By Ben Geman - 03/14/13 07:33 PM EDT
President Obama told GOP senators in a meeting Thursday that a federal decision on the Keystone XL oil sands pipeline will be made within months, but did not indicate what direction he might be leaning.
“He said it would be a matter of months, not years,” said Sen. John BarrassoJohn BarrassoOvernight Energy: Clinton takes on former coal industry CEO GOP senators call for criminal probe of EPA mine waste spill ObamaCare premiums expected to rise sharply amid insurer losses MORE (R-Wyo.), an advocate for the project.
Obama’s time frame will do nothing to quell lawmakers’ criticism of the White House lack of approval thus far, or efforts to push legislation to greenlight the project.
“He said some time this year, and he also said months, he gave both those answers,” said Sen. John HoevenJohn HoevenThis week: Congress on track to miss Puerto Rico deadline Week ahead: Senate looks to wrap up energy, water spending bill Overnight Energy: Senate blocks GOP bill targeting water rule MORE (R-N.D.), a vocal advocate of the pipeline that would bring Canadian oil sands to Gulf Coast refineries.
“I said it has been five years, and I told him about the legislation that we are going to continue to press forward on,” Hoeven told reporters after Obama had lunch in the Capitol with the Senate GOP Conference.
Sen. John ThuneJohn ThuneAir traffic control plan faces tough fight ahead GOP blasts Obama for slow economic growth Overnight Tech: Business data deals on FCC agenda MORE (R-S.D.) noted that Obama's time frame is not enough for project backers, saying of Obama’s comments: “I don’t know that that is going to get everybody real excited around here.”
The State Department is providing a 45-day comment period on the latest environmental review released in early March, but it’s not clear when the bureaucratic process will ultimately wrap up.
A number of House Republicans left that meeting saying that Obama suggested a decision would come soon, perhaps within weeks.
Barrasso and others noted that Obama referenced the ongoing review process and the need to dot i's and cross t's before a final decision.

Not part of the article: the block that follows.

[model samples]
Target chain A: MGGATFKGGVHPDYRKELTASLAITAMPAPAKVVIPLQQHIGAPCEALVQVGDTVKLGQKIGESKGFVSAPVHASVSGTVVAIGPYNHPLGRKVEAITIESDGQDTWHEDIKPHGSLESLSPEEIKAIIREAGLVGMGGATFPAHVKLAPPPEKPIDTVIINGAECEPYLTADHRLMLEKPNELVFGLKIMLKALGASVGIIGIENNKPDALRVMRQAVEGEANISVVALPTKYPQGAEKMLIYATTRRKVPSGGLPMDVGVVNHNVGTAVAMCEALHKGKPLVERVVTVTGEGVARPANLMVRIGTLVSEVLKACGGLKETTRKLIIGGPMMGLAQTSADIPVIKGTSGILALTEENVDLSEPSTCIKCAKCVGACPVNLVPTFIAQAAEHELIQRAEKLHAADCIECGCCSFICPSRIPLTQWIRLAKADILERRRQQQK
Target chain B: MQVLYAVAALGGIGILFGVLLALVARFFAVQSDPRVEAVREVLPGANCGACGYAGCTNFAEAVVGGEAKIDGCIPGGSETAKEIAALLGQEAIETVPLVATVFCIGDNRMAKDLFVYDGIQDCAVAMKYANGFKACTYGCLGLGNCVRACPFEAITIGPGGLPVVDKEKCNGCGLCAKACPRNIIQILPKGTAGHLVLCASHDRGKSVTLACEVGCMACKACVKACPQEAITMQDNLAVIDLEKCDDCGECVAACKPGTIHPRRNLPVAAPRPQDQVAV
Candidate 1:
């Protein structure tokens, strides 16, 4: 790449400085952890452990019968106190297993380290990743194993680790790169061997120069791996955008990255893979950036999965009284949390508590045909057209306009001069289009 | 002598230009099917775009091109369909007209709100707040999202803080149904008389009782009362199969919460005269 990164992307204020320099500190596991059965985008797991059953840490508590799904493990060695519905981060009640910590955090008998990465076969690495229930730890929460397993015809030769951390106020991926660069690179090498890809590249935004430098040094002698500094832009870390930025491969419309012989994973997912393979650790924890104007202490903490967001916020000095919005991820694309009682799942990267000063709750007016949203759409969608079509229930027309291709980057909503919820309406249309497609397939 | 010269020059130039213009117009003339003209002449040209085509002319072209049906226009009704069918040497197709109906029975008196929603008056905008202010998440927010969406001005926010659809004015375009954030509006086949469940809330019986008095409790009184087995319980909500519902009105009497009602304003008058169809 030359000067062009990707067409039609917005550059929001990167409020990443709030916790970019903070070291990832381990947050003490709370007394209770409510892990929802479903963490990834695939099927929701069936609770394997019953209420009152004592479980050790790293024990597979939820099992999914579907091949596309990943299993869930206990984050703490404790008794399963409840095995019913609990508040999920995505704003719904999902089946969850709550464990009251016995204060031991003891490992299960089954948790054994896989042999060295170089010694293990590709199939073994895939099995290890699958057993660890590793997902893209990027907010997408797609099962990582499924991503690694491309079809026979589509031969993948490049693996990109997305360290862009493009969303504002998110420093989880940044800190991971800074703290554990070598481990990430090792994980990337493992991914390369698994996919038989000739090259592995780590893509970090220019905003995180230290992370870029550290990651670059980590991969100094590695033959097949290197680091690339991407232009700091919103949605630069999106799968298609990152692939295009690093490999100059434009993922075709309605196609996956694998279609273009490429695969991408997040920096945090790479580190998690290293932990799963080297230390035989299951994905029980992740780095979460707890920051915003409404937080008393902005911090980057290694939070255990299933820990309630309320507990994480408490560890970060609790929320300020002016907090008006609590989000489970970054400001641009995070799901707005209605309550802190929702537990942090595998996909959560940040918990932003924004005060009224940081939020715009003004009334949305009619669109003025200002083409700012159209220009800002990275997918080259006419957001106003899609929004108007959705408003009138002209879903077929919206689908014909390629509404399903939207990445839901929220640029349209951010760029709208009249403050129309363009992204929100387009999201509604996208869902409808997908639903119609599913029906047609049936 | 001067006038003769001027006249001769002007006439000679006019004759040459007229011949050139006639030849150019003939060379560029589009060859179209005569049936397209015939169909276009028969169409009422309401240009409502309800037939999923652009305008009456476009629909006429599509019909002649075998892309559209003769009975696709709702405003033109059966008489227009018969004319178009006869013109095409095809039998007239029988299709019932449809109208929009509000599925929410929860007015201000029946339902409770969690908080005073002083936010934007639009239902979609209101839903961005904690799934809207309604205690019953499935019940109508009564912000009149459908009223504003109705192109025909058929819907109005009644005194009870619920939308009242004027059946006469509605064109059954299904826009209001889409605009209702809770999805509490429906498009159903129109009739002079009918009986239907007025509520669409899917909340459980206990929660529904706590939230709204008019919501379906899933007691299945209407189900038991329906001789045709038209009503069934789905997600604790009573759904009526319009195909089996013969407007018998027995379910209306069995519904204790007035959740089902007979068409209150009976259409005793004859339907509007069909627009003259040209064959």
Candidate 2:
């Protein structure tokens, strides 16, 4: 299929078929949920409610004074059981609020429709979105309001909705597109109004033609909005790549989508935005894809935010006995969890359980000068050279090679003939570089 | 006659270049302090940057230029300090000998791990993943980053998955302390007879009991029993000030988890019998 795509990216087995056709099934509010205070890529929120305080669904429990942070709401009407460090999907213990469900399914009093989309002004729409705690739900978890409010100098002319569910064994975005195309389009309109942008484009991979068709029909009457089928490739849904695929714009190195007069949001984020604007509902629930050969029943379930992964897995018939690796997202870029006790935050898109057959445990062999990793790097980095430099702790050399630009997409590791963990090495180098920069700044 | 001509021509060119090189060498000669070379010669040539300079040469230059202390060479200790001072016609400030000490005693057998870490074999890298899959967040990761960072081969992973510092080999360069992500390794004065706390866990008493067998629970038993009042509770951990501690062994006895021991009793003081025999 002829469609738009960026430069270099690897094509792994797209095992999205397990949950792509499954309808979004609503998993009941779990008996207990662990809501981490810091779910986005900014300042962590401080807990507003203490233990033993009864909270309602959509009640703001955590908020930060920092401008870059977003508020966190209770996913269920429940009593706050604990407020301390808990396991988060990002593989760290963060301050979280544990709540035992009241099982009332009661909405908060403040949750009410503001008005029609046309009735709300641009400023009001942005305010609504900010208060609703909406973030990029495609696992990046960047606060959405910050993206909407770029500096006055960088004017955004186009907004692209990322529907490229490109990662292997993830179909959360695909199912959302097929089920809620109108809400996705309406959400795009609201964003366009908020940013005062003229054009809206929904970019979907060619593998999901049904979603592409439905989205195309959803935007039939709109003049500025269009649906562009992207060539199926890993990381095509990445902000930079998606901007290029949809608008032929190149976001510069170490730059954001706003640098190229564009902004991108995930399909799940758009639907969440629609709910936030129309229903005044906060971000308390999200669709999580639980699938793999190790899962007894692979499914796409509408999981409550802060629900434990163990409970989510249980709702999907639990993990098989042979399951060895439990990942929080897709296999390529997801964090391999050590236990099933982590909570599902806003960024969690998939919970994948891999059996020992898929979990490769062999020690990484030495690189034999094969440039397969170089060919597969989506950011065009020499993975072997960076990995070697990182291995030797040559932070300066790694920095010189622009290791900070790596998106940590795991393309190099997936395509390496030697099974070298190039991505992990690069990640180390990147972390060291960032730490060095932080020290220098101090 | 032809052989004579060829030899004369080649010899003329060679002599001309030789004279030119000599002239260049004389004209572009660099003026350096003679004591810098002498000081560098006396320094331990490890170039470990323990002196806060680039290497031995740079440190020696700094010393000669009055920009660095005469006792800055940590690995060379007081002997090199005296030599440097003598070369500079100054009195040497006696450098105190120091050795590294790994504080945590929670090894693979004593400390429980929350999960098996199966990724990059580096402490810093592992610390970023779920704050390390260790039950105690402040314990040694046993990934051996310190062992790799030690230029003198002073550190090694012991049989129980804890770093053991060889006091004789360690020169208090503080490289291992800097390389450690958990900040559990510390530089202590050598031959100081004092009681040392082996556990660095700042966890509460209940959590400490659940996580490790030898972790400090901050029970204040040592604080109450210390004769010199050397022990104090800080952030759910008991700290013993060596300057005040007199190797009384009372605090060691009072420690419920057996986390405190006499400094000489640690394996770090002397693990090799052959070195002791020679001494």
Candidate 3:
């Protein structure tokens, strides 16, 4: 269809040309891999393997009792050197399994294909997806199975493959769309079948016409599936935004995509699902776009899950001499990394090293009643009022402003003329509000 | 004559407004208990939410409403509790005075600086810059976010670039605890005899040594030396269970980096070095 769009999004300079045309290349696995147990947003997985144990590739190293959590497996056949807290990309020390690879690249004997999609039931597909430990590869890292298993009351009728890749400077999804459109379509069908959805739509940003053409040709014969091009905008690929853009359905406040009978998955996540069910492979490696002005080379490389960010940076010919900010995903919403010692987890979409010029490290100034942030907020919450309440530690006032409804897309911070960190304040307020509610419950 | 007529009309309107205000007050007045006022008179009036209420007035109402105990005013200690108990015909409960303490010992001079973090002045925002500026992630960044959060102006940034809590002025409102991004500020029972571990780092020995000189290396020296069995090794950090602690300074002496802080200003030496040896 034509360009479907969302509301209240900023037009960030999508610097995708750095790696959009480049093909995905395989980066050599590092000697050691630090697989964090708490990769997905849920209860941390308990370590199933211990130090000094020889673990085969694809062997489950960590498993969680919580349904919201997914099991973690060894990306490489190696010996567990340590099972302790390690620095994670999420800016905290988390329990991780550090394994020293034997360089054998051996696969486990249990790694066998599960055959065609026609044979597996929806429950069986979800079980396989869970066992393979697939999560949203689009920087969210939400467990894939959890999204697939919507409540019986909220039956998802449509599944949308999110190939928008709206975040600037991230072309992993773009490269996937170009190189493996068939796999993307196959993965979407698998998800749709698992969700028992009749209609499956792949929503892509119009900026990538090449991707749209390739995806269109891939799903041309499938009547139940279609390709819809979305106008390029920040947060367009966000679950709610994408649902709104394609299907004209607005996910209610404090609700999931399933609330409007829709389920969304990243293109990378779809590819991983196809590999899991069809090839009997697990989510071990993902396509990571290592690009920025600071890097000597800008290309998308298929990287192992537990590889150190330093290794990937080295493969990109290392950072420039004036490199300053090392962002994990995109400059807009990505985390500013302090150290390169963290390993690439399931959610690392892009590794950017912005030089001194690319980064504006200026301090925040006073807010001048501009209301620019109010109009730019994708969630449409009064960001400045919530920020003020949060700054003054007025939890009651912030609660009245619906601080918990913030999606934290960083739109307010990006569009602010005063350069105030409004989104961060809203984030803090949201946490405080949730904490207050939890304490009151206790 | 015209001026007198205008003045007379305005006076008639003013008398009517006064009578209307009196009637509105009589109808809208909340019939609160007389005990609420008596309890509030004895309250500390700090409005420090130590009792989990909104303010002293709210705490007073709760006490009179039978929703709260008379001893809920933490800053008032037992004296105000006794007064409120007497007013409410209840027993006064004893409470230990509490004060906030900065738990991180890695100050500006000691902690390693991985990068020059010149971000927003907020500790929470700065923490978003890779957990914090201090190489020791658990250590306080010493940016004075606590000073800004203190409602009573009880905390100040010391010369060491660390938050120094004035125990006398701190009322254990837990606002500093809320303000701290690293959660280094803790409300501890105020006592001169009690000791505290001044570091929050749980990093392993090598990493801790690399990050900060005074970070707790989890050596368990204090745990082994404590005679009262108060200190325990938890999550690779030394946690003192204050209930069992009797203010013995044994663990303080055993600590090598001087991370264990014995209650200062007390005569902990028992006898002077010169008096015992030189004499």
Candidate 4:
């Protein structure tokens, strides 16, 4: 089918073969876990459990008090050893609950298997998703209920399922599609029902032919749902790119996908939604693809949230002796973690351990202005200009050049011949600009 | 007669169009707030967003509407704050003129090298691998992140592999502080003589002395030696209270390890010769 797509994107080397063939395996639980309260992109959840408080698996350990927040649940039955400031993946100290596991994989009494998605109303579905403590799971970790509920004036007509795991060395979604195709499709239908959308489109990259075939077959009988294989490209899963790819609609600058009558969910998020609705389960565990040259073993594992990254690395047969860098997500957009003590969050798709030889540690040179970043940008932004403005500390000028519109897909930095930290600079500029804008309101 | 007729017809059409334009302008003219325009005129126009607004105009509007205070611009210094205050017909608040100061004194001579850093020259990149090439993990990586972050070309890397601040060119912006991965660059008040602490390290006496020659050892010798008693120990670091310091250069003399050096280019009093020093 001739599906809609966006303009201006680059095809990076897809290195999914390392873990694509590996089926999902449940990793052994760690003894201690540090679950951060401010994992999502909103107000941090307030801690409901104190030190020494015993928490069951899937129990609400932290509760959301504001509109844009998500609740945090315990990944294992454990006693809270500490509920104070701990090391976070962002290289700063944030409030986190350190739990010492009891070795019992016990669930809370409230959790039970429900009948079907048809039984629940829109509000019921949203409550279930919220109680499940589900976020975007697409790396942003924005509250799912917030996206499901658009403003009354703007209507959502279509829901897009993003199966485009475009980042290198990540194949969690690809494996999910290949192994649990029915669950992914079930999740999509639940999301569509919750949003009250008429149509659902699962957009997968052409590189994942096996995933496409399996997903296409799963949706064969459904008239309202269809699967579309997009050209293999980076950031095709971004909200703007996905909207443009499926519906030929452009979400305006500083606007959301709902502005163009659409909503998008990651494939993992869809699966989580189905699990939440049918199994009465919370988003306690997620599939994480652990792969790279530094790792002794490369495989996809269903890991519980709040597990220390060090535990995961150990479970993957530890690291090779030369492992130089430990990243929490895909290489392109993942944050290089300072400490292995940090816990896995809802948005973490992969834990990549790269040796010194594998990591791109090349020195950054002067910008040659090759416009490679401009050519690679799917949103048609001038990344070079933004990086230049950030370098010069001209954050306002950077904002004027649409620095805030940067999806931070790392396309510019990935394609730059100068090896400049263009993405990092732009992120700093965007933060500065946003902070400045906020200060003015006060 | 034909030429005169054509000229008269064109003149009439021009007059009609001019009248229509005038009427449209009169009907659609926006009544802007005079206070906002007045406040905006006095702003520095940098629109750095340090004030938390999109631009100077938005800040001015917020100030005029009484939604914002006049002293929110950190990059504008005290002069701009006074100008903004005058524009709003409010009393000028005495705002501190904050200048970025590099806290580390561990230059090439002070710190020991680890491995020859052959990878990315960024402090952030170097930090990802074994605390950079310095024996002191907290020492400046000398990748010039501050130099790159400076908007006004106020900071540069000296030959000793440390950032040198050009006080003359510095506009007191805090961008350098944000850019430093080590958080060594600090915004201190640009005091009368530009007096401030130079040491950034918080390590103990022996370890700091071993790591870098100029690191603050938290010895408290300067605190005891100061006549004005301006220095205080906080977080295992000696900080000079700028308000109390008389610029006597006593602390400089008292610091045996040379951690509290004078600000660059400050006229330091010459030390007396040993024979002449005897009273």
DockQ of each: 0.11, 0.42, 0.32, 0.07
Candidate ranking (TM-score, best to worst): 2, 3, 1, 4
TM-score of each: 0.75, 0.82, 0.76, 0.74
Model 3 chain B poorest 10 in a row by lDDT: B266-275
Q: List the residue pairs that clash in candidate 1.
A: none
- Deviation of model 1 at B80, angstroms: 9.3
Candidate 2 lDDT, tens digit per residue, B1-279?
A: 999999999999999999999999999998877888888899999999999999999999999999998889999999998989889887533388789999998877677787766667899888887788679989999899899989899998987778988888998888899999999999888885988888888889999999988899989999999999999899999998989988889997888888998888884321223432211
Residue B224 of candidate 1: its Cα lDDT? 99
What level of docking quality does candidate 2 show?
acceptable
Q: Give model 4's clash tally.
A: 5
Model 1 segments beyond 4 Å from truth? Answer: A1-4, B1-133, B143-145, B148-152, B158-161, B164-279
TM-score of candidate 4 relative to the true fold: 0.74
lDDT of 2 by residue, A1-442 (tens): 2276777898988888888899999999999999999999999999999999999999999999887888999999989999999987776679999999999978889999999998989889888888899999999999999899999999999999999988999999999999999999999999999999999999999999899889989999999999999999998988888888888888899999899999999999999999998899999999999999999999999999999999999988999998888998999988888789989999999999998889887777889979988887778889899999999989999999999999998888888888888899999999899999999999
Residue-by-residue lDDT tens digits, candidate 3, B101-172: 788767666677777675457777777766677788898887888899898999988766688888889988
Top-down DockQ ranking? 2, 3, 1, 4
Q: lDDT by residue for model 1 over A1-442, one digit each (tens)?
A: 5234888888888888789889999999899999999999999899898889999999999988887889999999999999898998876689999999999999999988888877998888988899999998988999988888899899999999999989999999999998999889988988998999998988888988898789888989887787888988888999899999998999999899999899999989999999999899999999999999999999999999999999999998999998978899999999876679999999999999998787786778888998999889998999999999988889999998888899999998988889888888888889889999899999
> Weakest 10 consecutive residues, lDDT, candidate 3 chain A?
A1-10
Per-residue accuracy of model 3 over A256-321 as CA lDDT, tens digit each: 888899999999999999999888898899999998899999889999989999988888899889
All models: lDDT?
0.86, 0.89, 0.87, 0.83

Barrasso joined Hoeven in pressing Obama on TransCanada Corp.’s proposed pipeline, which is supported by Republicans and a number of Democrats (Democrats are split on the topic).
“I said 'It is on your desk and the buck stops with you.' He said literally, 'It is not on my desk yet,' ” Barrasso said after the meeting in the Capitol. “He said 'You will have an answer by the end of the year.' ”
The president said the environmental impact of the project is not negligible but conceded the potential damage has been exaggerated by opponents, according to a GOP source familiar with the meeting.
Obama made similar comments to House GOP lawmakers Wednesday, according to House Republicans who attended.
Obama also told the House GOP that the project would not provide as many jobs as some backers have claimed, Republicans said Wednesday after meeting with Obama in the Capitol.
Hoeven and Sen. Max BaucusMax BaucusWyden unveils business tax proposal College endowments under scrutiny The chaotic fight for ObamaCare MORE (D-Mont.) floated the latest bill Thursday to approve the pipeline, legislation that’s highly unlikely to clear the Senate but provides backers a rallying point.
Keystone has support from North Dakota and Montana lawmakers in part because it would also carry oil from the booming Bakken formation in those states.
The bill is co-sponsored by six other Republicans and six centrist Democrats, including Sens. Joe ManchinJoe ManchinOvernight Healthcare: Public support mounts for action on opioids Clinton slams convicted ex-coal chief West Virginia Dem defends Clinton support despite coal remarks MORE (D-W.Va.), Jon TesterJon TesterElizabeth Warren stumps, raises funds for Duckworth Senators subpoena EPA officials over mine waste spill The Hill's 12:30 Report MORE (D-Mont.) and Mary LandrieuMary Landrieu oil is changing the world and Washington Ex-Sen. Kay Hagan joins lobby firm Republican announces bid for Vitter’s seat MORE (D-La.).
Hoeven said Obama and the Senate Republicans did find a broad area of agreement on energy.
“He also said something as we were talking about energy that I thought was important, and that is ... he said he supports hydraulic fracturing,” Hoeven told reporters in the Capitol.
Hydraulic fracturing, dubbed “fracking,” is the controversial oil-and-gas development method that’s enabling a U.S. production boom but also raising pollution fears.
But while there’s broad agreement, Republicans are critical of Obama administration efforts to increase federal regulation of fracking.
Fracking involves high-pressure injections of water, chemicals and sand into shale rock formations to open seams that enable hydrocarbons to flow.
Republicans and industry groups criticized planned Interior Department rules to govern fracking on public lands, alleging that state-level oversight is protective and that new federal mandates are not needed.
—This post was updated at 4:06 p.m. and 5:09 p.m.
Alexander Bolton contributed